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(Editor’s Note: The following background information and application ideas for the Christian Science Bible Lesson for this week are offered primarily to help CedarS campers and staff see and demonstrate the great value of daily study of the C.S. Bible lessons year-round, not just at camp. If more information or the text of this Lesson is desired, please see the Director’s Note at the end. The citations referenced in the “met” (metaphysical application ideas) are taken from the King James Version of the Bible and the Christian Science textbook, Science and Health with Key to the Scriptures by Mary Baker Eddy. These two books are the ordained pastor of The Christian Science Church. The Bible Lesson is the sermon read in Christian Science church services throughout the world. Other reference books are fully noted at the end.)

How do we worship? How do we recognize the Christ? Are we baptized?
Application ideas on the Christian Science Lesson for Sunday Jan. 9, “Sacrament” by Corde Hanzlik, CS, Austin, Texas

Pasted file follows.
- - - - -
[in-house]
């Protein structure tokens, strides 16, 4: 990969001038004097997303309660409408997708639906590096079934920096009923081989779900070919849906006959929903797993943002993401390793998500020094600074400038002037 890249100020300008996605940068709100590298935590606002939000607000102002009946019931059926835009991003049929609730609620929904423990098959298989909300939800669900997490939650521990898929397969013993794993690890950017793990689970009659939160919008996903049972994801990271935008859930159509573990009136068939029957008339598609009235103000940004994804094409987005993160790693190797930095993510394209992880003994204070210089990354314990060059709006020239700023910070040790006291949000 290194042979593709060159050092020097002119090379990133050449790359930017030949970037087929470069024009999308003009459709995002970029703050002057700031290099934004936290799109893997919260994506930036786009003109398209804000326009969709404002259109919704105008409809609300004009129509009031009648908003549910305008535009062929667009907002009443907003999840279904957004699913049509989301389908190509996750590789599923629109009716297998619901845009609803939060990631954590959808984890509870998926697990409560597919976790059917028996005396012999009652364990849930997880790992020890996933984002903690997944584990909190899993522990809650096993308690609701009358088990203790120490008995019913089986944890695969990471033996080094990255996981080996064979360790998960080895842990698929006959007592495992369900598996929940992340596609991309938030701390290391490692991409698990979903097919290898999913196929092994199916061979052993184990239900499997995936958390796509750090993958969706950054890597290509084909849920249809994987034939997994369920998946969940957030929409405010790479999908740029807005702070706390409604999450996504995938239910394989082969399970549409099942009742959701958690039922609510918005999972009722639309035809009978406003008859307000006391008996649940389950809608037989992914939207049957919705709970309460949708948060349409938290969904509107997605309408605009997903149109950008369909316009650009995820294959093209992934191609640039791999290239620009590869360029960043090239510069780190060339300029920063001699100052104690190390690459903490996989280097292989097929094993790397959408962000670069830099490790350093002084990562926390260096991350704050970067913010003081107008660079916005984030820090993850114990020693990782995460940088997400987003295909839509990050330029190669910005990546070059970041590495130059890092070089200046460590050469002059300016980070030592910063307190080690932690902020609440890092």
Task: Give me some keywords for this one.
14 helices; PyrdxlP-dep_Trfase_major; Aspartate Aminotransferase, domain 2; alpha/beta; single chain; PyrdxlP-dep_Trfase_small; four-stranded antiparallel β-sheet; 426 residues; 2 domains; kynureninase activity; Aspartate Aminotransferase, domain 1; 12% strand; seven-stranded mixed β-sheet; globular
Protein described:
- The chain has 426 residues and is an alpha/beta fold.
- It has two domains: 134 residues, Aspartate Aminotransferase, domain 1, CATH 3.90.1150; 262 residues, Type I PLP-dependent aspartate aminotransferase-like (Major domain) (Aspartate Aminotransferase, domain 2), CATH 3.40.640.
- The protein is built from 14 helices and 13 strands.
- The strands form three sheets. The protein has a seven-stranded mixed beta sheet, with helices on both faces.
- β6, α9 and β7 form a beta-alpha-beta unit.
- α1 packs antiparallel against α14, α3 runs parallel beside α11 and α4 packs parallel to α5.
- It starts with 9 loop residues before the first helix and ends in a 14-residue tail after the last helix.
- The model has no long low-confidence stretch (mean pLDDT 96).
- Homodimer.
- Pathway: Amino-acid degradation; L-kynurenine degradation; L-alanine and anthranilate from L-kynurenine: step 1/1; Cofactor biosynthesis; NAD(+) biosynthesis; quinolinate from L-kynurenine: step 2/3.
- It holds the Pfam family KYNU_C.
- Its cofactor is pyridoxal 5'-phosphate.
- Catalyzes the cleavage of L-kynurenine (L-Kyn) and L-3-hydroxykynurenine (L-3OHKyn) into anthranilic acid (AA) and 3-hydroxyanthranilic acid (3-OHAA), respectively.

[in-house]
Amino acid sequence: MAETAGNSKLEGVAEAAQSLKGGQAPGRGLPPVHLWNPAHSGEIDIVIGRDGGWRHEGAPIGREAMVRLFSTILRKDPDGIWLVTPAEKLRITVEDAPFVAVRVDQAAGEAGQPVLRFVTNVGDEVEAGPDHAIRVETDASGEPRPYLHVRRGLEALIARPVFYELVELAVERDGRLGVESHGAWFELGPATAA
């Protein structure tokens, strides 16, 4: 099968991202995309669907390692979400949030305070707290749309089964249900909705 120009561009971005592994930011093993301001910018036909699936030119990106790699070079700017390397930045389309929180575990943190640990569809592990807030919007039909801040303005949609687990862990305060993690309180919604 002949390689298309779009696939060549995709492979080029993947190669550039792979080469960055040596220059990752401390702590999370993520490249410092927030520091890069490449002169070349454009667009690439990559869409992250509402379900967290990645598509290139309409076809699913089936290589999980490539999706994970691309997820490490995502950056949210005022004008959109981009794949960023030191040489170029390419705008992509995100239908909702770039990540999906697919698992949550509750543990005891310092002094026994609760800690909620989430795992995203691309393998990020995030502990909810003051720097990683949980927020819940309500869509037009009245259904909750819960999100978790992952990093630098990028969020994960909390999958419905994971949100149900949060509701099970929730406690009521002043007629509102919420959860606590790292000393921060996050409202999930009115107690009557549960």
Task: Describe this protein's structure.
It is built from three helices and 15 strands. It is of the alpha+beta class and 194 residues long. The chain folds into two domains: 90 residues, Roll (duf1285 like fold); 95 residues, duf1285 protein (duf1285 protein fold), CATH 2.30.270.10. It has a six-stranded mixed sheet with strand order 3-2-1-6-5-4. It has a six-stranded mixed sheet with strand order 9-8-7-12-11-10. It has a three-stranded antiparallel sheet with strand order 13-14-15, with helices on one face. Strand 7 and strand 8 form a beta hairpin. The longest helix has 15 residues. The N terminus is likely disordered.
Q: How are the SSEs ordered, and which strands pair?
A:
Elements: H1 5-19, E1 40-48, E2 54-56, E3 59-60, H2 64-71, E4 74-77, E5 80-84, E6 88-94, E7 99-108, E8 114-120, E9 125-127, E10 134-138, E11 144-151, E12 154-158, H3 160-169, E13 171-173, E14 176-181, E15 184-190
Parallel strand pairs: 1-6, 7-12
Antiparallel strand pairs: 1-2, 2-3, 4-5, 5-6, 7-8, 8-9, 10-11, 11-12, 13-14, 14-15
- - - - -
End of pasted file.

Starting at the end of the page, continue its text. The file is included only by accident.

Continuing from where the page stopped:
A brief note: We must remember that in the establishment of Christian Science and the Church, Mrs. Eddy made enlightened, spiritual definitions and changes as to several old theological beliefs. The emphasis of the one creation of Genesis 1 instead of Genesis 2 is one of the most major departures from traditional theology. Her explanation of church, the Eucharist, baptism, crucifixion, and resurrection are a few others. This Lesson, Sacrament, is typically the lesson that explains many theological terms and events in regard to their application in Christian Science.

What is Sacrament? The two basic definitions from The Student’s Reference Dictionary are:  1. An oath, a ceremony of obligation; 2. An outward and visible sign of inward and spiritual grace. The rest of the definition goes on to explain the commemorative events specific to church – baptism, the last supper (the Eucharist), confirmation, etc. What sacraments do we Christian Scientists acknowledge?

The Golden Text and Responsive Reading give us some worship techniques. Bowed knee, tongue (verbal), up the mountain, to a special house, with offerings – rams, rivers of oil. What really is required? “Do justly, love mercy, and walk humbly” with God, not to God.

Section 1 Mountain approach